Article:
Social chats about each other, our lives, our friends and family provides the social glue that unites people and gives them something to talk about other than problems with the photocopier or other work related logistics.All of this adds to the vibe of our workspaces and provides clues about possible alliances and our collective mood yet are best done face to face. 

And so, here’s some possible solutions:

Recognise early on that it is challenging to run an organisation entirely virtually. For the most part it works, but spaces to come together in similar-minded or tasked groups periodically is invaluable. In Thrive, the senior leadership team meet somewhere in the world once a year for 4 days.  Where staff are clustered by geography they get together more regularly for a few hours or half a day every 6 – 8 weeks. All these gatherings involve food, some fun and a very light schedule. A lot of small meetings happen between 2 or 3 individuals to clarify processes or ideas.

Centrally located Kanban boards or similar so people can ‘see’ the organisation as a whole.

Regular check in spaces (not meetings). These are entirely non-agenda driven meetings lasting no more than an hour, designed to help people reflect and share ideas.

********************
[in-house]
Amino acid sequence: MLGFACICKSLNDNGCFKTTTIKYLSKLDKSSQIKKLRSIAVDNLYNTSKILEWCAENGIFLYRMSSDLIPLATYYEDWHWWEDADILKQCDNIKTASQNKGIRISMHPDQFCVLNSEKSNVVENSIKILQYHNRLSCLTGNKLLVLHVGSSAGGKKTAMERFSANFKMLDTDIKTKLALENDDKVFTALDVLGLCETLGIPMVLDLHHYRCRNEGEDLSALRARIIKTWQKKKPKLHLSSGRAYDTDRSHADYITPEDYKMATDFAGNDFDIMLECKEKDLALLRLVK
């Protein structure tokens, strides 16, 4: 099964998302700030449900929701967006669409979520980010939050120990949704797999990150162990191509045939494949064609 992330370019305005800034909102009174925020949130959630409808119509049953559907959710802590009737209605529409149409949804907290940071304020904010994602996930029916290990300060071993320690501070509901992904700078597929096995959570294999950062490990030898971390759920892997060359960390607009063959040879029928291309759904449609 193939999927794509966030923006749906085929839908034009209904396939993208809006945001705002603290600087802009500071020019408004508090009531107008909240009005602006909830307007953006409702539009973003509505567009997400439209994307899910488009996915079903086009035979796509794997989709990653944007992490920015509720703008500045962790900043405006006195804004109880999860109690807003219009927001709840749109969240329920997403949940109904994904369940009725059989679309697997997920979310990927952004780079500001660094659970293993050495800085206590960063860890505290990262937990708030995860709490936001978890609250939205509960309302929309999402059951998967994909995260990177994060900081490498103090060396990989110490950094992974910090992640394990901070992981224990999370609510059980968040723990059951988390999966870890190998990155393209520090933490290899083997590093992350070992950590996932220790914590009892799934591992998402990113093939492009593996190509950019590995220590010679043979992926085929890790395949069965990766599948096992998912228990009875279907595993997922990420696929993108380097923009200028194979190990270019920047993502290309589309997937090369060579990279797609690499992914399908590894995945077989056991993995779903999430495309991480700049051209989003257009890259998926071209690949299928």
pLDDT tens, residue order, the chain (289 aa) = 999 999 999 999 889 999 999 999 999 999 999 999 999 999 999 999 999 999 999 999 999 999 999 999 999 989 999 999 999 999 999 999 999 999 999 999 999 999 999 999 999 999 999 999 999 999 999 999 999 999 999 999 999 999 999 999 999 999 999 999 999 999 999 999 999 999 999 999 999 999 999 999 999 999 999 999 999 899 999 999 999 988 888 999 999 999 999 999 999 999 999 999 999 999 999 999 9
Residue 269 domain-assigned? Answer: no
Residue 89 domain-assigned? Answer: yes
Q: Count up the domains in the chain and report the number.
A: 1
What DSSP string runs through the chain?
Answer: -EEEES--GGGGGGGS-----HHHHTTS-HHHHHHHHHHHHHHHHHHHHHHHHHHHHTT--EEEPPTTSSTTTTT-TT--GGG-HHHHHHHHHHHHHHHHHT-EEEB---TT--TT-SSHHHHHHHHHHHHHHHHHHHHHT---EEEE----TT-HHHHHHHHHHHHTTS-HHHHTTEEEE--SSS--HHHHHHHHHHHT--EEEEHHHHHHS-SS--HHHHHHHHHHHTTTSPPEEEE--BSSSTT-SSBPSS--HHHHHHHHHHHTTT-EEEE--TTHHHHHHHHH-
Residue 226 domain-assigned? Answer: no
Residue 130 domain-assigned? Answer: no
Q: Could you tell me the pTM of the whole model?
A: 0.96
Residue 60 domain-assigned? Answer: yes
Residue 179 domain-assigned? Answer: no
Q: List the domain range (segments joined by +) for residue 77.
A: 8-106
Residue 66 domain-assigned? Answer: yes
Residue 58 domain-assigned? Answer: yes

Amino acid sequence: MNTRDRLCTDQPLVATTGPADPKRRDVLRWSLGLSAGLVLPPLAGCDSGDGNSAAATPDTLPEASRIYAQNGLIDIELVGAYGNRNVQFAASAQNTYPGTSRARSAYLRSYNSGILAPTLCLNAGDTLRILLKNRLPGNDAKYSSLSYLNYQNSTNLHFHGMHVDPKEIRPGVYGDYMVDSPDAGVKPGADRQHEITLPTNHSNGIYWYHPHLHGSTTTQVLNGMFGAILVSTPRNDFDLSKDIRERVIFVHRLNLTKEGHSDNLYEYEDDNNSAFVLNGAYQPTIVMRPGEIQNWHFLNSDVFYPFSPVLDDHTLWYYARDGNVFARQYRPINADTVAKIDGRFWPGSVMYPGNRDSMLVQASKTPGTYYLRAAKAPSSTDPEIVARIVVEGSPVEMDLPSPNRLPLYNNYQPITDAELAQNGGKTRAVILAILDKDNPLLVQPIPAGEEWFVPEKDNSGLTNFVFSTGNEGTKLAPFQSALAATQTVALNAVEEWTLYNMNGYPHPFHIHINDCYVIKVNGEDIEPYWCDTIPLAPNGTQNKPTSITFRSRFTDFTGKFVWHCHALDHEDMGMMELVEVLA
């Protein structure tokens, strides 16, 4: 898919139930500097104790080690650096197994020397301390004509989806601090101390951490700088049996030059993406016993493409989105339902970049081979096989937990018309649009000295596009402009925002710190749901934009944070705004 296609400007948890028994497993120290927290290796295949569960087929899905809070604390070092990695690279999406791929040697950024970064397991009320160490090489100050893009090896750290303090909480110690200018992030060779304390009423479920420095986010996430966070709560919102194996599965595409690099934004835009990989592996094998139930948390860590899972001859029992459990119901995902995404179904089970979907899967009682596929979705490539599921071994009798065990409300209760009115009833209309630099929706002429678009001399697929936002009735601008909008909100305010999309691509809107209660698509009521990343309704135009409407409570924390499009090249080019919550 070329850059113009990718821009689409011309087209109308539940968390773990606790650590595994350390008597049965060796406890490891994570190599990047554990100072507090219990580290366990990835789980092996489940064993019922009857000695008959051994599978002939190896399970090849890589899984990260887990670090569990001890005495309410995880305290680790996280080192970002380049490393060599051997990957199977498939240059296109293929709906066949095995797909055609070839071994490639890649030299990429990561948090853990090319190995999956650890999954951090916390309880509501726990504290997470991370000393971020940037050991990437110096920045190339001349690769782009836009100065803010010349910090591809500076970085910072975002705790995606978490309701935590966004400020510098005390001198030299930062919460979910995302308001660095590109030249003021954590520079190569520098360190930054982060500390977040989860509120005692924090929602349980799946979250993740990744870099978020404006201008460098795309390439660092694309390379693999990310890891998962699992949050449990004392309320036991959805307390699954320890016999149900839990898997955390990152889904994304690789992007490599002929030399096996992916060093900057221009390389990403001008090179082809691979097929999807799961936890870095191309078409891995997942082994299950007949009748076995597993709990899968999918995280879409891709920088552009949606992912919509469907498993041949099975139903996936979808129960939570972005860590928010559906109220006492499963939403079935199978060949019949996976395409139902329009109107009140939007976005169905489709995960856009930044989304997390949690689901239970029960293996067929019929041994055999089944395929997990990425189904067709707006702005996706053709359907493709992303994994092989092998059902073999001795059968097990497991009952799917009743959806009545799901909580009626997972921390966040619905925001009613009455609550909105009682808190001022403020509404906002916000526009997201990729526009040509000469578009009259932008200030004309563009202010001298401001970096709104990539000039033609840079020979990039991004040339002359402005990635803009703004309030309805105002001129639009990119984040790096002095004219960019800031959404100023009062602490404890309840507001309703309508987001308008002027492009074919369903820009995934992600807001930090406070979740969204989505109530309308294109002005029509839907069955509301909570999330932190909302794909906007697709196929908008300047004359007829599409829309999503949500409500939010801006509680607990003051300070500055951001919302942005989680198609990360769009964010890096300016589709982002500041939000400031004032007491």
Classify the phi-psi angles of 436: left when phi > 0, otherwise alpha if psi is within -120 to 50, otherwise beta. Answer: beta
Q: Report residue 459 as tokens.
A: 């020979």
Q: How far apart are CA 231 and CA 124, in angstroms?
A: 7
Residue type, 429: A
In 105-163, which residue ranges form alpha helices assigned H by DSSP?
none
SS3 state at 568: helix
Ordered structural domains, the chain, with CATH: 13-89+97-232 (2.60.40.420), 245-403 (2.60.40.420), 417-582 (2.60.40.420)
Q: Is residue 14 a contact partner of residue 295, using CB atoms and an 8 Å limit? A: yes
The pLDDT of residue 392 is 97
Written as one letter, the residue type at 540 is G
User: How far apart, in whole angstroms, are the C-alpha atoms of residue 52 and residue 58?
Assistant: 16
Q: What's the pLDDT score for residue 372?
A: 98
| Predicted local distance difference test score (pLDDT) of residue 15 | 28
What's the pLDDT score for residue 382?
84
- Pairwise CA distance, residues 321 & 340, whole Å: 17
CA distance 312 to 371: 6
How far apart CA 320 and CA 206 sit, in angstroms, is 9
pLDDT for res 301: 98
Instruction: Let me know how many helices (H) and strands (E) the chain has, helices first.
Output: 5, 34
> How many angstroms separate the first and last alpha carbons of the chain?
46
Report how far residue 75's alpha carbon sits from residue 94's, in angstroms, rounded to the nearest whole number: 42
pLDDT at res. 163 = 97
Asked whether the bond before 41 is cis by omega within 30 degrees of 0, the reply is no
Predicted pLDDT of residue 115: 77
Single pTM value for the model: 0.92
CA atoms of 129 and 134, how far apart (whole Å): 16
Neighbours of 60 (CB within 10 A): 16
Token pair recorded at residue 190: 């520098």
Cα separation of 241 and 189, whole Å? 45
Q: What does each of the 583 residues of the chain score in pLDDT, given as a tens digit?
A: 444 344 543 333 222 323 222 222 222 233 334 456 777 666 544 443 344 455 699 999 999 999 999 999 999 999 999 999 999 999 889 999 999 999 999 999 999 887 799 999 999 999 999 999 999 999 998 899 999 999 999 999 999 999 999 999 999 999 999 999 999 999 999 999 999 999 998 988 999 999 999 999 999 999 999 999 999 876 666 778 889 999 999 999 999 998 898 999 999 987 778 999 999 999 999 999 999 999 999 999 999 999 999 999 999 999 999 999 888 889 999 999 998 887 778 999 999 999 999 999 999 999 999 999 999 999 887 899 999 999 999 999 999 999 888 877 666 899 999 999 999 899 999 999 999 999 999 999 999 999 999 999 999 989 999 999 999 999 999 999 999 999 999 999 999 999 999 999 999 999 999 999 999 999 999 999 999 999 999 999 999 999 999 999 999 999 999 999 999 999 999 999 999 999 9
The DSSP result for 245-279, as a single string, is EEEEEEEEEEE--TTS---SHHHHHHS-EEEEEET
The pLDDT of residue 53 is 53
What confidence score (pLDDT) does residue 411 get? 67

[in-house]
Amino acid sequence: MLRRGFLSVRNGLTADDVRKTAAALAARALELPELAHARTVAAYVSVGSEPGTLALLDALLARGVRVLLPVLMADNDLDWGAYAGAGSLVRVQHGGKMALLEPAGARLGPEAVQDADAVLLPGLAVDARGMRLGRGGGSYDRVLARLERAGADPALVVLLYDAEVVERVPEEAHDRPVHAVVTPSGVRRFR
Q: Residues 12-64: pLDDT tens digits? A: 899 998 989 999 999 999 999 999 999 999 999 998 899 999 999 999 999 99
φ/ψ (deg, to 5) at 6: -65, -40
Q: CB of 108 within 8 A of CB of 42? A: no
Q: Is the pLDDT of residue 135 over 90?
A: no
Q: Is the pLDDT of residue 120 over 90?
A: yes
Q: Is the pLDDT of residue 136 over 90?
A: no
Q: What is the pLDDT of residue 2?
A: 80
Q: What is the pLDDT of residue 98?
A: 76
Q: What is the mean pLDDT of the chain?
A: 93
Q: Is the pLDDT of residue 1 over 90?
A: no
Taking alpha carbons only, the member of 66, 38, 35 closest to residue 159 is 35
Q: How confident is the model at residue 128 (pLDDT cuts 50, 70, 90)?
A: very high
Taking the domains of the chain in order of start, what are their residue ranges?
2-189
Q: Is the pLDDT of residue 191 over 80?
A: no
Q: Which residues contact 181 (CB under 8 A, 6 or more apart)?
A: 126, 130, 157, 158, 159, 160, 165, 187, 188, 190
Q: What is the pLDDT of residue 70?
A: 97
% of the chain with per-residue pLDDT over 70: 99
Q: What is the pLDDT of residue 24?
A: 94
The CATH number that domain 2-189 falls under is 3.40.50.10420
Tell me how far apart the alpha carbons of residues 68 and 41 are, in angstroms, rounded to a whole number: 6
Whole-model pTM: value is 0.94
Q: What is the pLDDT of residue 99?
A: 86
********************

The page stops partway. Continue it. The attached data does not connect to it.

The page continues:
Parties. Regularly. These can be around a festival (Divali, Eid, Christmas, Thanksgiving), a birthday (Thrive celebrates being 3 in September) or just for the heck of it. They happen in core work time, aren’t compulsory and are creative. If you’re stuck for ideas try Charades.

Start as many meetings as possible with check-ins. For example: What are you working on today? How was the weekend? Which meeting is your most challenging this week?

Have regular lunch break spaces. An open Slack, House-party or Zoom channel open at the same regular time.

Pick up the phone. Don’t e-mail, don’t set up a zoom meeting, don’t double guess the other person’s schedule – just wander into their space.  If you were working together you’d do that…

Yes, alright… happy hour. But that’s usually the time the kids are home from school, in the bath, having tea, going to bed, all of the above.  How about afternoon snacks?  Morning coffee? After dinner cocktails or beer?  

Some of these ideas won’t work. Some will. Others not on the list will work as well. Our aim is to increase the opportunities for serendipity, to grow new social capital and to create opportunity for physicality in new ways. 

If you are stuck or want to think this through, Thrive can help. You can chat with one of our organisational colleagues to think this through, across cultures, borders, continents and settings.